A Relief and a Celebration for the Actors

The deal, which was reached minutes before the deadline set by the AMPTP on Wednesday, was met with relief and celebration by the actors, who will finally get back to work and resume their careers. The union said it was “thrilled” with the agreement and praised the members for their courage and solidarity.

“We have arrived at a contract that will enable SAG-AFTRA members from every category to build sustainable careers,” the union said in the email. “Many thousands of performers now and into the future will benefit from this work.”

The union is expected to hold celebration gatherings around the country. Kevin E. West, a member of the committee, said there were “tears of exhilaration and joy” in the committee room after the contract was approved.

“The final vote was unanimous. That’s a difficult thing to accomplish,” West said, speaking outside union headquarters. “It’s honestly been a really long two weeks.”

He said the final deal is “not perfect – nothing is”, but that getting to this outcome was an “extraordinary” achievement.

Ben Whitehair, another member of the committee, said the deal is a “massive win” for the union.

“It’s incredibly emotional,” he said. “We’ve made history.”

He said the union gained “structural change” in compensation on streaming platforms. Though the union did not get everything it wanted, he said it would be back seeking more in the next negotiation in 2026.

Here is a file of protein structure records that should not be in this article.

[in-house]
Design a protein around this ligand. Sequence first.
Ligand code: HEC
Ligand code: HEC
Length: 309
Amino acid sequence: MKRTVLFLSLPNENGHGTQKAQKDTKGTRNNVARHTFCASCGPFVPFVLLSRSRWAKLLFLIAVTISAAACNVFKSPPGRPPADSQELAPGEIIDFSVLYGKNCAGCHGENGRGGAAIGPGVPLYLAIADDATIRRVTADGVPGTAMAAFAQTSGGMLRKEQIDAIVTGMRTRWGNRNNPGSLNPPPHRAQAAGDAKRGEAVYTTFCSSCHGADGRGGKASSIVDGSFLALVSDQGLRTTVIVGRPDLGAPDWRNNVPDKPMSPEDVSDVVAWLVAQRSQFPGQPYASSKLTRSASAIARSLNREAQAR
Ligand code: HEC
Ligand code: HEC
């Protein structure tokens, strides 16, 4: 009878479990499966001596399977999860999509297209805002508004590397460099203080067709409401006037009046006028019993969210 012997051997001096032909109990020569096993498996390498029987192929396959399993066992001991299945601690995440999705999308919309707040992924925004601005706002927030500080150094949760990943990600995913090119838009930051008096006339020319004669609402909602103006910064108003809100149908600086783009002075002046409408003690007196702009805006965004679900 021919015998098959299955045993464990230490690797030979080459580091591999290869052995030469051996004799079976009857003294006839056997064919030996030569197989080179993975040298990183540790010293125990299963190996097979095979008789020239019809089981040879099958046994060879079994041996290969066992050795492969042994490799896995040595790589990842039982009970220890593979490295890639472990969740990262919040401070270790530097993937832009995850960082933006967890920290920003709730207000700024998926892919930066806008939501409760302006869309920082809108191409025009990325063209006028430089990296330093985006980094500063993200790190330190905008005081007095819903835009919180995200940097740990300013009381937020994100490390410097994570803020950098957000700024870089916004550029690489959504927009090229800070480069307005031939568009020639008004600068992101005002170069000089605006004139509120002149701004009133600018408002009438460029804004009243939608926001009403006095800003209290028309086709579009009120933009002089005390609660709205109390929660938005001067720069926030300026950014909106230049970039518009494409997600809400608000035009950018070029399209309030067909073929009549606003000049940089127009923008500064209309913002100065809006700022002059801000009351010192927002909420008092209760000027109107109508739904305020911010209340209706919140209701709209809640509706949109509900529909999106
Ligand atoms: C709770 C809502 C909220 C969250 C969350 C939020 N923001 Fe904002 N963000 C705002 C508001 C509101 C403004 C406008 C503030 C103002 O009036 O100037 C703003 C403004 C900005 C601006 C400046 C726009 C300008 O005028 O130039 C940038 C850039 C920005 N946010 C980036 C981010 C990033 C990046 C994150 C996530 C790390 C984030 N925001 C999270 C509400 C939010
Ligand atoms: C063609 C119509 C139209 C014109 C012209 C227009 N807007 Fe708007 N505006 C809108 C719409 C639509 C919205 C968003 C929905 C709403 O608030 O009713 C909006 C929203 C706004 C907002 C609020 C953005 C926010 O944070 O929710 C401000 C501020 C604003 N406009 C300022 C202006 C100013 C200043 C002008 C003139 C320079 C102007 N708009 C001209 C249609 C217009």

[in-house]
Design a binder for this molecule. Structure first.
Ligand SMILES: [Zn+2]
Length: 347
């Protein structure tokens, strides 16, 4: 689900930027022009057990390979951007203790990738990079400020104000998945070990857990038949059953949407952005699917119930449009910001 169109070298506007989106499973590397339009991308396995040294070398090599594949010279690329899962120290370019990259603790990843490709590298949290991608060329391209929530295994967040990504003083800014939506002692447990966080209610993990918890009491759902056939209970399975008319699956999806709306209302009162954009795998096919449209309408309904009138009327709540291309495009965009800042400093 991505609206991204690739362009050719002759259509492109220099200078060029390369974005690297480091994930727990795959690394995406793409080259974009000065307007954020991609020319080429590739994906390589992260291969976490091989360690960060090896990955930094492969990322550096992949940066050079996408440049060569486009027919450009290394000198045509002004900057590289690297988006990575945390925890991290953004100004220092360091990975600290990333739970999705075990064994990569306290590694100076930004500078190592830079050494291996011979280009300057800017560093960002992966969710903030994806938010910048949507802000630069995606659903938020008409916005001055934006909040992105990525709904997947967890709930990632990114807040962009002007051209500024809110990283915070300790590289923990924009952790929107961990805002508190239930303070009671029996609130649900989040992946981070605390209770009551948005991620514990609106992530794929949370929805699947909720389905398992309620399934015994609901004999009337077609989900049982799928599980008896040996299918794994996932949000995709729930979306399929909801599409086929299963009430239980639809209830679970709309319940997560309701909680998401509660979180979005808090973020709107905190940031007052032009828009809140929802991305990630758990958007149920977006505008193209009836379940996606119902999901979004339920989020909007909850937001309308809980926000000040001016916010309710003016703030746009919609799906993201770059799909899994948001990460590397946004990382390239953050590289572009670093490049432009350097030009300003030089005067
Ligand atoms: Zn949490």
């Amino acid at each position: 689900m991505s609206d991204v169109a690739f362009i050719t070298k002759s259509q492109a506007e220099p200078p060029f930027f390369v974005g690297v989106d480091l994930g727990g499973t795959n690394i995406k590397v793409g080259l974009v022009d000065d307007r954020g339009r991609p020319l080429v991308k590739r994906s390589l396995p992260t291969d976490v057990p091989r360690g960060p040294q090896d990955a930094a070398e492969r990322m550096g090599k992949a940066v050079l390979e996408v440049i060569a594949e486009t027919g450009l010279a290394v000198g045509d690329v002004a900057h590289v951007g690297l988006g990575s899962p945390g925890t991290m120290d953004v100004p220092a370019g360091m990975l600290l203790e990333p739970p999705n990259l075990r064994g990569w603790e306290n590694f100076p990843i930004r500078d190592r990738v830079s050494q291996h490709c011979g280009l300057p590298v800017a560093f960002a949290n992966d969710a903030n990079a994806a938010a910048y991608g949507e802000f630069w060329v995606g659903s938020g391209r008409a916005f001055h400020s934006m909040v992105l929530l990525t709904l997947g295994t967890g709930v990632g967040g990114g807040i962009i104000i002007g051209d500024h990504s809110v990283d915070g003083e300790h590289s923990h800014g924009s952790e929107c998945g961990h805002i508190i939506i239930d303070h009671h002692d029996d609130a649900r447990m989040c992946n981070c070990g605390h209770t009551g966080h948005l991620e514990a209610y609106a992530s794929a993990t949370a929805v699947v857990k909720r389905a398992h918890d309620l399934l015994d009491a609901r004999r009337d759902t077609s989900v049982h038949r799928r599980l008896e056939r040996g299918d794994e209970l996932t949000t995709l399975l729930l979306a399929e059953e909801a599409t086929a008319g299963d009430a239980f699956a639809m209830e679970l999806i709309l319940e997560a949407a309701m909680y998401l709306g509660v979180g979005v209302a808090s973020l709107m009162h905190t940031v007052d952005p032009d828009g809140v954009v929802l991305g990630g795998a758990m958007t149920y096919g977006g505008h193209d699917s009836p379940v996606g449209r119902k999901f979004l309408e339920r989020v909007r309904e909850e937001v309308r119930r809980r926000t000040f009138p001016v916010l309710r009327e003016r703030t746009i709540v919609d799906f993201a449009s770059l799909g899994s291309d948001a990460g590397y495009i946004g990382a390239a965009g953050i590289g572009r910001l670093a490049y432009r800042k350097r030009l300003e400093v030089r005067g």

“When performers understand what was gained, they’re going to be thrilled,” Whitehair said.

Sean Astin, another committee member, said it was gratifying to be able to tell a Zoom meeting full of strike captains that “their sacrifice worked.”

“People have put so much of themselves. The toll it takes is real,” he said. “The level of emotion is impossible to overstate.”

The deal still needs to be ratified by the union’s national board on Friday and then by the members. The AMPTP issued a statement Wednesday saying that the contract “represents a new paradigm.”

“We are pleased to have reached this historic agreement with SAG-AFTRA that will provide stability and security for the industry and its workers,” the statement said. “We look forward to working together to create more opportunities and content for audiences around the world.”

By Kane Wilson

Kane Wilson, founder of this news website, is a seasoned news editor renowned for his analytical skills and meticulous approach to storytelling. His journey in journalism began as a local reporter, and he quickly climbed the ranks due to his talent for unearthing compelling stories. Kane completed his Master’s degree in Media Studies from Northwestern University and spent several years in broadcast journalism prior to co-founding this platform. His dedication to delivering unbiased news and ability to present complex issues in an easily digestible format make him an influential voice in the industry.